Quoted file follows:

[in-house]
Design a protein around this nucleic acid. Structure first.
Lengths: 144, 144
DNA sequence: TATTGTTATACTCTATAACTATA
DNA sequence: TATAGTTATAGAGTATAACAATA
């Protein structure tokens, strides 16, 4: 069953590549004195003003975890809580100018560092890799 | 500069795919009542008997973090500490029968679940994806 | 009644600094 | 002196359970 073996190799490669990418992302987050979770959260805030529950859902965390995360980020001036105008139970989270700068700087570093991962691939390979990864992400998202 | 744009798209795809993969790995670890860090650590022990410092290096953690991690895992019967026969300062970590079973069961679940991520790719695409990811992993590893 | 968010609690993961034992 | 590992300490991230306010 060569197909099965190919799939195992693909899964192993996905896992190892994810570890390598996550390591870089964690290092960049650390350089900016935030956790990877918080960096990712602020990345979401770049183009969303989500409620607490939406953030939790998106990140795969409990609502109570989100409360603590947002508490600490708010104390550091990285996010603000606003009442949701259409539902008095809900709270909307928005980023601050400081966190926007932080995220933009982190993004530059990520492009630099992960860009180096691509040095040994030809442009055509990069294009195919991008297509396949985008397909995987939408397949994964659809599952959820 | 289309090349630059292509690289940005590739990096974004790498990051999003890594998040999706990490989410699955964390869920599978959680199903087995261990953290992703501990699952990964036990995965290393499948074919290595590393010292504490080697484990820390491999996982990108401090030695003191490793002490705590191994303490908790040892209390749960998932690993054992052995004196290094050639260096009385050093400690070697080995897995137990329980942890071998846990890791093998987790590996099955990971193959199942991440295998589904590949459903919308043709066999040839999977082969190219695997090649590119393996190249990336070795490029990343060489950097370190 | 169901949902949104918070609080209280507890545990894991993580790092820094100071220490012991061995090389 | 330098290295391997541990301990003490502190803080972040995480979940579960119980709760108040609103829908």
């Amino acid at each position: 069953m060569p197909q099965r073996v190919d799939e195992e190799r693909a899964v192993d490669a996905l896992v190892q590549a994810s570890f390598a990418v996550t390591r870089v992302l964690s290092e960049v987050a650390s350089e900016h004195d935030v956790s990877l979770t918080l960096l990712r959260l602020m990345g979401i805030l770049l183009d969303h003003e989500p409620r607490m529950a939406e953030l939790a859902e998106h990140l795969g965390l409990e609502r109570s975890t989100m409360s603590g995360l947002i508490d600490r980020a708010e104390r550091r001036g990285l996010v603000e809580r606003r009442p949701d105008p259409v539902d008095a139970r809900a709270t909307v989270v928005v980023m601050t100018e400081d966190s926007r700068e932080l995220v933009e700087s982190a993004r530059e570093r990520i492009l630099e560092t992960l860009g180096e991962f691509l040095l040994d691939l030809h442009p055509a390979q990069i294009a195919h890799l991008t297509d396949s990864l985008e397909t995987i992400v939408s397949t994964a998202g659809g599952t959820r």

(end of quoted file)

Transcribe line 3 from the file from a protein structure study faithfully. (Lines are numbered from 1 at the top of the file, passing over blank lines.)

Lengths: 144, 144